There are so many hidden gems in the country and a variety of things to do including mountains, deserts and beaches which is why we have made a detailed 7,000-word insider’s guide to the 100 best things to do in Morocco, a country of many hidden gems. From the Erg Chebbi dunes to the snake charmers in Marrakech, Morocco has something to offer everyone.
Nothing spoils a vacation or foreign trip quicker than that sinking feeling or realization that something is wrong and you have left yourself exposed to a personal dilemma while you are a long way from home.
It might be easier to travel the globe than ever before but amidst all the excitement of planning for a new adventure on foreign soil, you also need to pay attention to how to stay safe while travelling.
This guide looks at how to prepare for your travel and how to reduce the odds of facing a worst-case scenario that could not only threaten to ruin your vacation but leave your personal safety at risk.
Welcome to the Autumn eNewsletter with tips, news and discounts as always. I hope many of you have been enjoying the digital edition of Globe magazine, we’ve had many new members join us since the switch over so I’ll take that as a good sign!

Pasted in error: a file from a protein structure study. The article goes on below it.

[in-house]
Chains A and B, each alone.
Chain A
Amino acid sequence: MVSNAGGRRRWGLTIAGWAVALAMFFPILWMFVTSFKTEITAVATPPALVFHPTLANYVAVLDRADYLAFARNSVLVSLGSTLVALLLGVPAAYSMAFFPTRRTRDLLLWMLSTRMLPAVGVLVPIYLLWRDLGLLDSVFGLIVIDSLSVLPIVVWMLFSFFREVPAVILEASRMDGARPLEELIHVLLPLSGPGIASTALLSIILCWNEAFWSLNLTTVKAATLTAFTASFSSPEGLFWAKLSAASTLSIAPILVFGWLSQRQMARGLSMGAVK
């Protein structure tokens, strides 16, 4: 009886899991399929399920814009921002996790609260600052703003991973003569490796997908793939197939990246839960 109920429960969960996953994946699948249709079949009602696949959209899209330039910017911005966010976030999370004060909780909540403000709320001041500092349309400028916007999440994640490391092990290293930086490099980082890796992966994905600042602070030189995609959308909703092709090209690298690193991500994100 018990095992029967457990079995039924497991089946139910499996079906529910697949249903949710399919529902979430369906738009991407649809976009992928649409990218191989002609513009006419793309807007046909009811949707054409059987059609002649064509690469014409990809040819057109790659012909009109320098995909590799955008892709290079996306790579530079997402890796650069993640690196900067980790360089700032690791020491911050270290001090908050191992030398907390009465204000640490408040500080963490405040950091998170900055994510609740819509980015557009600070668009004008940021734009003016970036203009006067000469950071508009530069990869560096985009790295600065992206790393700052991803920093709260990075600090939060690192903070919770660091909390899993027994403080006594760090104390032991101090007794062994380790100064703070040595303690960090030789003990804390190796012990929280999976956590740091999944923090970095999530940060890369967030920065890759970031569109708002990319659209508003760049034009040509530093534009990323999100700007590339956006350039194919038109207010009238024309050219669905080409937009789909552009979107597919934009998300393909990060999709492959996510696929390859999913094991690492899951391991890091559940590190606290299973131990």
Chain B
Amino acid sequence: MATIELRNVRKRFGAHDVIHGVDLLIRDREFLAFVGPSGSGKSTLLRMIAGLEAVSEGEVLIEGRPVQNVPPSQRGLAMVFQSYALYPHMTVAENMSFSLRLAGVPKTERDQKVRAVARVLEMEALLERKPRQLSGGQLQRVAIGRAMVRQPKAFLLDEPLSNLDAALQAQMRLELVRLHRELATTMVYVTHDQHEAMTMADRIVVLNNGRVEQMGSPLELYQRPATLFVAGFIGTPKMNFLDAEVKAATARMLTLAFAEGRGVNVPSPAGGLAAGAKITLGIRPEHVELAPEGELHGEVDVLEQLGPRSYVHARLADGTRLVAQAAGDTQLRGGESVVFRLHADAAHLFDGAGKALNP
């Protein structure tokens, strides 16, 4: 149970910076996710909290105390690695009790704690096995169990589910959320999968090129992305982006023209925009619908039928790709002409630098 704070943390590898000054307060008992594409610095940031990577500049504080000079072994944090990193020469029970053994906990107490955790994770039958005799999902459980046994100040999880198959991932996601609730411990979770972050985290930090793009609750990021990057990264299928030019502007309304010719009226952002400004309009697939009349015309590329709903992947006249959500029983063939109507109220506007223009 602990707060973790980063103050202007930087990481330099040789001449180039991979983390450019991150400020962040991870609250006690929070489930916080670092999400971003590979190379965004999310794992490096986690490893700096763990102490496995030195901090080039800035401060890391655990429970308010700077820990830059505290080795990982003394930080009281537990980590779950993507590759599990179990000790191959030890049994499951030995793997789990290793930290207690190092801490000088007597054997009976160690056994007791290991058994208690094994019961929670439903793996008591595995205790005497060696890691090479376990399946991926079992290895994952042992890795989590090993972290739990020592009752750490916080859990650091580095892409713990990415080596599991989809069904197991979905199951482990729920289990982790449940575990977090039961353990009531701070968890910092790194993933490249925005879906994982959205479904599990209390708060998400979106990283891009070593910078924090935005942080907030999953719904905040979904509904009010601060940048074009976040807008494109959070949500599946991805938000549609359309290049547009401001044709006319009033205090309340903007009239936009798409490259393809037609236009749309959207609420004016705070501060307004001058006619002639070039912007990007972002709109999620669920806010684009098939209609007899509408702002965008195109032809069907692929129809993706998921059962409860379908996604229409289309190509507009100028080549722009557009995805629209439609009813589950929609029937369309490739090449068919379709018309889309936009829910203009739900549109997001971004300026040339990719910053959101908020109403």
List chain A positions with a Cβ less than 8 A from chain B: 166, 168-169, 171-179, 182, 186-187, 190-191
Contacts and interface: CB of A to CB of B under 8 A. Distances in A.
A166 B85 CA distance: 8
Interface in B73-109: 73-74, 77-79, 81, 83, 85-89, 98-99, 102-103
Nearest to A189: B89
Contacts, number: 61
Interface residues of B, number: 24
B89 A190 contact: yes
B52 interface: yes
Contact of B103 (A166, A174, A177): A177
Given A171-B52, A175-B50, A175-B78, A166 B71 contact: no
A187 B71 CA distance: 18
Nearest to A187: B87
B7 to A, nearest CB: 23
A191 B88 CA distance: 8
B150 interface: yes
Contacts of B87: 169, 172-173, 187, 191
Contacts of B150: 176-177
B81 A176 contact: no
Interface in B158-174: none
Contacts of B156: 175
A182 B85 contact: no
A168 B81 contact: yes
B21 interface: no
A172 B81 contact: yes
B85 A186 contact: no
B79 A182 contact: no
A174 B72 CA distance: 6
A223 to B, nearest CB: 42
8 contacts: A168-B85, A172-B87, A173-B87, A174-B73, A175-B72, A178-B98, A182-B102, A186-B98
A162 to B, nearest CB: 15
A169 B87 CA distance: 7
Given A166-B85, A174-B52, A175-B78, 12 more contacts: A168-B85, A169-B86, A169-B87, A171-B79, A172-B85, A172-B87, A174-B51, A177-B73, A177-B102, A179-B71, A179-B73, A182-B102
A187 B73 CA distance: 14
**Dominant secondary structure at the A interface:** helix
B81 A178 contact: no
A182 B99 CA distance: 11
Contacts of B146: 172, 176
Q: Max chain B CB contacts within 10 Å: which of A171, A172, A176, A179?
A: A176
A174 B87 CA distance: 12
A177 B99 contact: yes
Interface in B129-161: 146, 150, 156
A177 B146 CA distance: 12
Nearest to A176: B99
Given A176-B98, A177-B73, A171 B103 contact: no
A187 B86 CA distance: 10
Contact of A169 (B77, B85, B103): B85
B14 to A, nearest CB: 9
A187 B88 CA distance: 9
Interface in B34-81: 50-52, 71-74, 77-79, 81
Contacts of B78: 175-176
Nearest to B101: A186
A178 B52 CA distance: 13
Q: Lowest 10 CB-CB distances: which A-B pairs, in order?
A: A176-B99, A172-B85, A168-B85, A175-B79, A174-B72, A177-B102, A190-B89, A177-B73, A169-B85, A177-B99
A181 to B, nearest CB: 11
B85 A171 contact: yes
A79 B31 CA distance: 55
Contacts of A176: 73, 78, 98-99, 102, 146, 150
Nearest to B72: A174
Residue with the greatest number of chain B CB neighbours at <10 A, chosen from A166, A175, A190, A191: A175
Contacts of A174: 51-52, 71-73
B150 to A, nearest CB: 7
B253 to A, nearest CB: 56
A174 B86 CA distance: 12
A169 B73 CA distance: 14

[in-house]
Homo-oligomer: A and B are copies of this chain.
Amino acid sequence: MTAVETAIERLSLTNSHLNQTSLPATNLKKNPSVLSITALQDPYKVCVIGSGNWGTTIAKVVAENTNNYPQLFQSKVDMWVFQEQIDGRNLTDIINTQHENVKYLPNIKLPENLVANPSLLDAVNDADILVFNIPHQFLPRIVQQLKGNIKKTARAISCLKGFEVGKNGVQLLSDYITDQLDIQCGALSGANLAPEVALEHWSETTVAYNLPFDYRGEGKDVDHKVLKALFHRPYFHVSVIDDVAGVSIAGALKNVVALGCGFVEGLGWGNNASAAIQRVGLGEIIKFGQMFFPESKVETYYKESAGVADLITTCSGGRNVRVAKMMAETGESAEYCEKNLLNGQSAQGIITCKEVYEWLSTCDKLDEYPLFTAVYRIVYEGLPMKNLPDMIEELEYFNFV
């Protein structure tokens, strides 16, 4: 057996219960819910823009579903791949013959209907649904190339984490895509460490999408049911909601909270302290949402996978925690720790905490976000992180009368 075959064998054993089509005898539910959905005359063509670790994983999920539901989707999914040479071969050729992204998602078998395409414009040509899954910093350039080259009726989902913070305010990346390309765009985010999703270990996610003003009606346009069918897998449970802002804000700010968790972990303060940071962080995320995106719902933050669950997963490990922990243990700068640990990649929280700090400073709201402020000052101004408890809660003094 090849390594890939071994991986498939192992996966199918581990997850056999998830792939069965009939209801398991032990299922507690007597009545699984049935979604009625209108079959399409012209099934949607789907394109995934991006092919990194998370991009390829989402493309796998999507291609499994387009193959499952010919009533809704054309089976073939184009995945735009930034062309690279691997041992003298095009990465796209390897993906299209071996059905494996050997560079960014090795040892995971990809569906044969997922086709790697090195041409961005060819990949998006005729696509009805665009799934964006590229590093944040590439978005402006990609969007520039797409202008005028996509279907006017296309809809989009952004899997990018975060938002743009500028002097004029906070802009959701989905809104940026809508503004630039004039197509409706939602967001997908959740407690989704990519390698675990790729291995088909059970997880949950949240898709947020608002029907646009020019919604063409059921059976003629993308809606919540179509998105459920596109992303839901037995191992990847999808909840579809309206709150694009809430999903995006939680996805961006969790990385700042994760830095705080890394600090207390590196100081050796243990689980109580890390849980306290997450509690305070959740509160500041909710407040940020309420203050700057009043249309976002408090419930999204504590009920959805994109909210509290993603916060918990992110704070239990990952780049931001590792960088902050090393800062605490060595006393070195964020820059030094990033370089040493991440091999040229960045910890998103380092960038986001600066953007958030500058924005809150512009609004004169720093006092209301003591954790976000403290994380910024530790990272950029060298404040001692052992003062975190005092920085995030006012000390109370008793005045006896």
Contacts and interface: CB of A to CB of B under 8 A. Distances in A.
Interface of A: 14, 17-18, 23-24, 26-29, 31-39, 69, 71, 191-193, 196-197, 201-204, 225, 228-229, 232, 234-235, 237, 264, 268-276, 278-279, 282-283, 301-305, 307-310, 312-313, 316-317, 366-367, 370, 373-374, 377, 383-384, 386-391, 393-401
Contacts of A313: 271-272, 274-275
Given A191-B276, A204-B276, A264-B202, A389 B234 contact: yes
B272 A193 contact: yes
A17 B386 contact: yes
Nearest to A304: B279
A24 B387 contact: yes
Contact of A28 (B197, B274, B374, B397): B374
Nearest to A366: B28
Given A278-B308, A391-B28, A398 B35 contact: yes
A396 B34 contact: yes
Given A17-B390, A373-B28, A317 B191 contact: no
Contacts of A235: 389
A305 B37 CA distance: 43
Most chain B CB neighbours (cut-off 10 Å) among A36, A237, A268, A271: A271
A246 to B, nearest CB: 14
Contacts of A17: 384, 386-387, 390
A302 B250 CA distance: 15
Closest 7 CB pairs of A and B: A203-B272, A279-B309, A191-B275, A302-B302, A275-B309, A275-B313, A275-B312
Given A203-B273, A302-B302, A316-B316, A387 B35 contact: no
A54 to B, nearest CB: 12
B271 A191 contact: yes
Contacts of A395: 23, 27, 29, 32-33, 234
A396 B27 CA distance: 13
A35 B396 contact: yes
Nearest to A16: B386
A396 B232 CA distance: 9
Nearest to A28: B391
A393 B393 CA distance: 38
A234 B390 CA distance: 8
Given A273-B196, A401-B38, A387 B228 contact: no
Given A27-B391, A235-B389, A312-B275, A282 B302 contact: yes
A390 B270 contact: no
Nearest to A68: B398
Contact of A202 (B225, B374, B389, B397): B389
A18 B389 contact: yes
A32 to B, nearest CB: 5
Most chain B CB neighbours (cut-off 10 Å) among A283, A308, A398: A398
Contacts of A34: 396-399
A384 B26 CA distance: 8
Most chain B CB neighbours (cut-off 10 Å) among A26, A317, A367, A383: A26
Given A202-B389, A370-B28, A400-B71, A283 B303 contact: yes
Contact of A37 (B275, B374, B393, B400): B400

This edition is some news and archive articles from from our past issues, if you would like to help edit the eNewsletter or even just submit stories please get in touch.
Globetrotters members should soon be recieving their free copy of the 2017 Calendar.
Many thanks to all members who responded to the call for calendar submissions this year, the standard of photography was again very impressive with a great variety of destinations and subjects covered, making the selection process all the more difficult.
Thirteen pictures by members have been selected with the calendar running December 2016 to December 2017
All members will receive a free copy of the calendar, if you would like a copy then please join here.
The Adventure Travel Show is returning to London’s Olympia on 21st & 22nd January 2017 and is the UK’s only event dedicated to off the beaten track travel experiences, featuring over 100 FREE Inspirational Talks.
The show is the UK’s only event that is dedicated to off the beaten track experiences, featuring once in a lifetime adventures, wildlife encounters, eco travel, remote discoveries and more.
Volunteer to give travel advice.
We will be again having our travel advisor stand at the Show, if you would like to help on the stand and give advice on places you have been etc please signup below.
Volunteers will receive free admission passes to both show days, hopefully you will explore the Show and attend some talks – but spend much of the day advising as part of our team, with at least 4-5 globies available to share advising visitors.
Our volunteer travel advisors can :-